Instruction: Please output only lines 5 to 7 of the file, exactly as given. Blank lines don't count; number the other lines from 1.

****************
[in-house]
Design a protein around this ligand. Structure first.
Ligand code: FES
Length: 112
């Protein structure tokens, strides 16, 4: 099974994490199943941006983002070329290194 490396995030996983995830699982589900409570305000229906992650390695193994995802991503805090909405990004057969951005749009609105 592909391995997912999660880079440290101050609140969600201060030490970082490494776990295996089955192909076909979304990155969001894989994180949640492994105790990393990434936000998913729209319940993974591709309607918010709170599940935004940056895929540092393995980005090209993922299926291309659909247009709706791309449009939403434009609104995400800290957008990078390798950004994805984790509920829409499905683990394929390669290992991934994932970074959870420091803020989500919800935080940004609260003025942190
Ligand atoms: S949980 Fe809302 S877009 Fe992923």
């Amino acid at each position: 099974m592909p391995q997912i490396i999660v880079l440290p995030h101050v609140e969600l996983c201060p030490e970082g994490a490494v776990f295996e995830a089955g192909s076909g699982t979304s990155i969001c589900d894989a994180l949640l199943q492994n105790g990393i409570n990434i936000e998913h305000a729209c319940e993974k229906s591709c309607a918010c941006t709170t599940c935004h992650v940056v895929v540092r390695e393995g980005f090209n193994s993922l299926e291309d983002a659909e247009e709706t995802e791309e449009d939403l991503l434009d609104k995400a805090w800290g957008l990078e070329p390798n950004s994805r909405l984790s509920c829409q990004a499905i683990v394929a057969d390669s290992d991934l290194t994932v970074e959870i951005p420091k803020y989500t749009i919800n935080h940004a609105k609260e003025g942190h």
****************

């Protein structure tokens, strides 16, 4: 099974994490199943941006983002070329290194 490396995030996983995830699982589900409570305000229906992650390695193994995802991503805090909405990004057969951005749009609105 592909391995997912999660880079440290101050609140969600201060030490970082490494776990295996089955192909076909979304990155969001894989994180949640492994105790990393990434936000998913729209319940993974591709309607918010709170599940935004940056895929540092393995980005090209993922299926291309659909247009709706791309449009939403434009609104995400800290957008990078390798950004994805984790509920829409499905683990394929390669290992991934994932970074959870420091803020989500919800935080940004609260003025942190
Ligand atoms: S949980 Fe809302 S877009 Fe992923």
């Amino acid at each position: 099974m592909p391995q997912i490396i999660v880079l440290p995030h101050v609140e969600l996983c201060p030490e970082g994490a490494v776990f295996e995830a089955g192909s076909g699982t979304s990155i969001c589900d894989a994180l949640l199943q492994n105790g990393i409570n990434i936000e998913h305000a729209c319940e993974k229906s591709c309607a918010c941006t709170t599940c935004h992650v940056v895929v540092r390695e393995g980005f090209n193994s993922l299926e291309d983002a659909e247009e709706t995802e791309e449009d939403l991503l434009d609104k995400a805090w800290g957008l990078e070329p390798n950004s994805r909405l984790s509920c829409q990004a499905i683990v394929a057969d390669s290992d991934l290194t994932v970074e959870i951005p420091k803020y989500t749009i919800n935080h940004a609105k609260e003025g942190h």